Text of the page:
I have had a geometry shader for visualizing normals for quite some time now, and I thought about sharing it because it's quite a handy little debugging tool!

The output of the geometry shader, is lines going from the vertex and in the direction of the normal of that vertex. This allows you to see if the normals are indeed correct and if they're normalized.

The geometry shader have multiple features. So I've added multiple version of it to this post. So you can use the version that fits your needs and save performance on the features you don't need!

Features
  • Change the length of the outputted lines.
  • Uniform coloring or colored using the normals.
  • Max render distance.
  • Rotated models and correct normal coloring.

Rendering

You can use any primitive type you want, as long as you draw it using GL_POINTS when visualizing the normals:

glDrawArrays(GL_POINTS, ...);
// or
glDrawElements(GL_POINTS, ...);

Essentially when using the shader, do something like this:

// Draw the mesh as you would normally
glUseProgram(program);
glDrawArrays(primitiveType, ...);

// Visualize the normals
glUseProgram(programVisualizeNormals);
glDrawArrays(GL_POINTS, ...);

Vertex & Fragment Shaders

No matter which version of the geometry shader you chose. The vertex shader and the fragment/pixel shader stays the same!

Change the attributes, so it matches your own layout.

Vertex Shader

#version 330 core

layout(location = 0) in vec3 position;
layout(location = 1) in vec3 normal;

out vec3 vertex_normal;

void main()
{
    vertex_normal = normal;

    gl_Position = vec4(position, 1.0);
}

Fragment Shader

#version 330 core

layout(location = 0) out vec4 frag_color;

in vec3 vertex_color;

void main()
{
    frag_color = vec4(vertex_color, 1.0);
}

Geometry Shader (Uniform Colored)

This is the most basic version. It outputs lines in the color of uniform vec3 color;, and it also allows you to change the length of the outputted lines, by changing uniform length;.

#version 330 core

layout(points) in;
layout(line_strip, max_vertices = 2) out;

uniform mat4 mvp; // Model View Projection Matrix

uniform float length = 1.0;
uniform vec3 color = vec3(1.0, 1.0, 1.0);

in vec3 vertex_normal[];

out vec3 vertex_color;

void main()
{
    vec3 normal = vertex_normal[0];

    vertex_color = color;

    vec4 v0 = gl_in[0].gl_Position;
    gl_Position = mvp * v0;
    EmitVertex();

    vec4 v1 = v0 + vec4(normal * length, 0.0);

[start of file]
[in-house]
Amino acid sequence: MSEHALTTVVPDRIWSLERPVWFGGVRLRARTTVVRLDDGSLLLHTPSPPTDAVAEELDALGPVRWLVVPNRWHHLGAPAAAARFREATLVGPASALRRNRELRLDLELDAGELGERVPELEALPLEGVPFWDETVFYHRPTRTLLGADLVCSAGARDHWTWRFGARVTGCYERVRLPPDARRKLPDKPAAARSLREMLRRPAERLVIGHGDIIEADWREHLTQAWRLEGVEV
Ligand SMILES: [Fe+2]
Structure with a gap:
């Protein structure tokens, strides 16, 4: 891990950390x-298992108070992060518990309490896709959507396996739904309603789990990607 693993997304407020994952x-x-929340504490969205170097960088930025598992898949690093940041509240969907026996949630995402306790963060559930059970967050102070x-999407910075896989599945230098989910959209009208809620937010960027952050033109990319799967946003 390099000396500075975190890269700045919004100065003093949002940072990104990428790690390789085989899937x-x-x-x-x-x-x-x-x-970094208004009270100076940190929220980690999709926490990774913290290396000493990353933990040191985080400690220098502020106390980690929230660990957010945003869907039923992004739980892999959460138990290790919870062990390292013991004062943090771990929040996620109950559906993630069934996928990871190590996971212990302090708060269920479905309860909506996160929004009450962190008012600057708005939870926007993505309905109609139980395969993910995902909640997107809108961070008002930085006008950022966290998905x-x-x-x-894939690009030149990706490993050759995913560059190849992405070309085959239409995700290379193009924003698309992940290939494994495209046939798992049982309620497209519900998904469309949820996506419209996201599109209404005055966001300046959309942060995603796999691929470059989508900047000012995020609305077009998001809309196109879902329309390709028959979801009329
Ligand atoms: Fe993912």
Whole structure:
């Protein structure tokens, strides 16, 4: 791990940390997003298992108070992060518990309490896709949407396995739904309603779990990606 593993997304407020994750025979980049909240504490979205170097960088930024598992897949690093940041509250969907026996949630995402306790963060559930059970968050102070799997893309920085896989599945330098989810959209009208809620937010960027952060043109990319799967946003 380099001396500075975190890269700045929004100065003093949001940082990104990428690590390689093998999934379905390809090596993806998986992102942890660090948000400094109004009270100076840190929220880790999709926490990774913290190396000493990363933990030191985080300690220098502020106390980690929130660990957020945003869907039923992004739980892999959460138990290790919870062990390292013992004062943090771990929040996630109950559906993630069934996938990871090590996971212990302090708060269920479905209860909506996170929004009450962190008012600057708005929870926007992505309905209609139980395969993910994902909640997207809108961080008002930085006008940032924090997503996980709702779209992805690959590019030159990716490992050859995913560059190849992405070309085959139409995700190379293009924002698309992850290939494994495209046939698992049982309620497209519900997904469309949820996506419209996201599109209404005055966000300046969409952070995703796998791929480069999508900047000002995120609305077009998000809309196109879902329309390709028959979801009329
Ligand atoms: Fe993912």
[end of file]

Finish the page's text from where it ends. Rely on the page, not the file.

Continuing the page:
gl_Position = mvp * v1;
    EmitVertex();

    EndPrimitive();
}


Geometry Shader (Normal Colored)

This version colors all the outputted lines in the color of abs(normal). Thereby making it easier to see what the normal values actually are.

If you intend to use this version, then scroll down and read the Rotated Models part as well.

#version 330 core

layout(points) in;
layout(line_strip, max_vertices = 2) out;

uniform mat4 mvp; // Model View Projection Matrix

uniform float length = 1.0;

in vec3 vertex_normal[];

out vec3 vertex_color;

void main()
{
    vec3 normal = vertex_normal[0];

    vertex_color = abs(normal);

    vec4 v0 = gl_in[0].gl_Position;
    gl_Position = mvp * v0;
    EmitVertex();

    vec4 v1 = v0 + vec4(normal * length, 0.0);
    gl_Position = mvp * v1;
    EmitVertex();

    EndPrimitive();
}


Geometry Shader (Max Render Distance)

This version is much better if you're rendering a lot of vertices. As this version allows you to set/change a max_render_distance uniform, which limits the amount of outputted lines.

It renders normals from the camera and out to max_render_distance, thereby saving processing for not having to generate lines for vertices far away from the camera.

If you intend to use this version, then scroll down and read the Rotated Models part as well.

#version 330 core

layout(points) in;
layout(line_strip, max_vertices = 2) out;

uniform mat4 mvp; // Model View Projection Matrix

uniform float length = 1.0;
uniform float max_render_distance = 100.0;

in vec3 vertex_normal[];

out vec3 vertex_color;

void main()
{
    vec4 v0 = gl_in[0].gl_Position;
    gl_Position = mvp * v0;

    if (length(gl_Position) < max_render_distance)
    {
        vec3 normal = vertex_normal[0];

        vertex_color = abs(normal);

        EmitVertex();

        vec4 v1 = v0 + vec4(normal * length, 0.0);
        gl_Position = mvp * v1;
        EmitVertex();

        EndPrimitive();
    }
}


Rotated Models

This is only important if you're rendering normals on a rotated model and if the outputted lines are colored using the normals. (Like the following deformed rotating torus).

If the model is rotated, then we need to rotate the normals as well. If we don't do that, then the line colors aren't going to be correct! Notice how in the video, the lines pointing left and right always stays reddish. That's because they're rotated correctly!

The only thing you need is to add another uniform and change a single line of code in the geometry shader!

The uniform we need to add, is for the normal matrix:

uniform mat4 nm; // normal matrix = transpose(inverse(model))

Then we need to multiply the normal to the normal matrix, so change this:

vertex_color = abs(normal);

To this:

vertex_color = abs(vec4(nm * vec4(vertex_normal[0], 0.0)).xyz);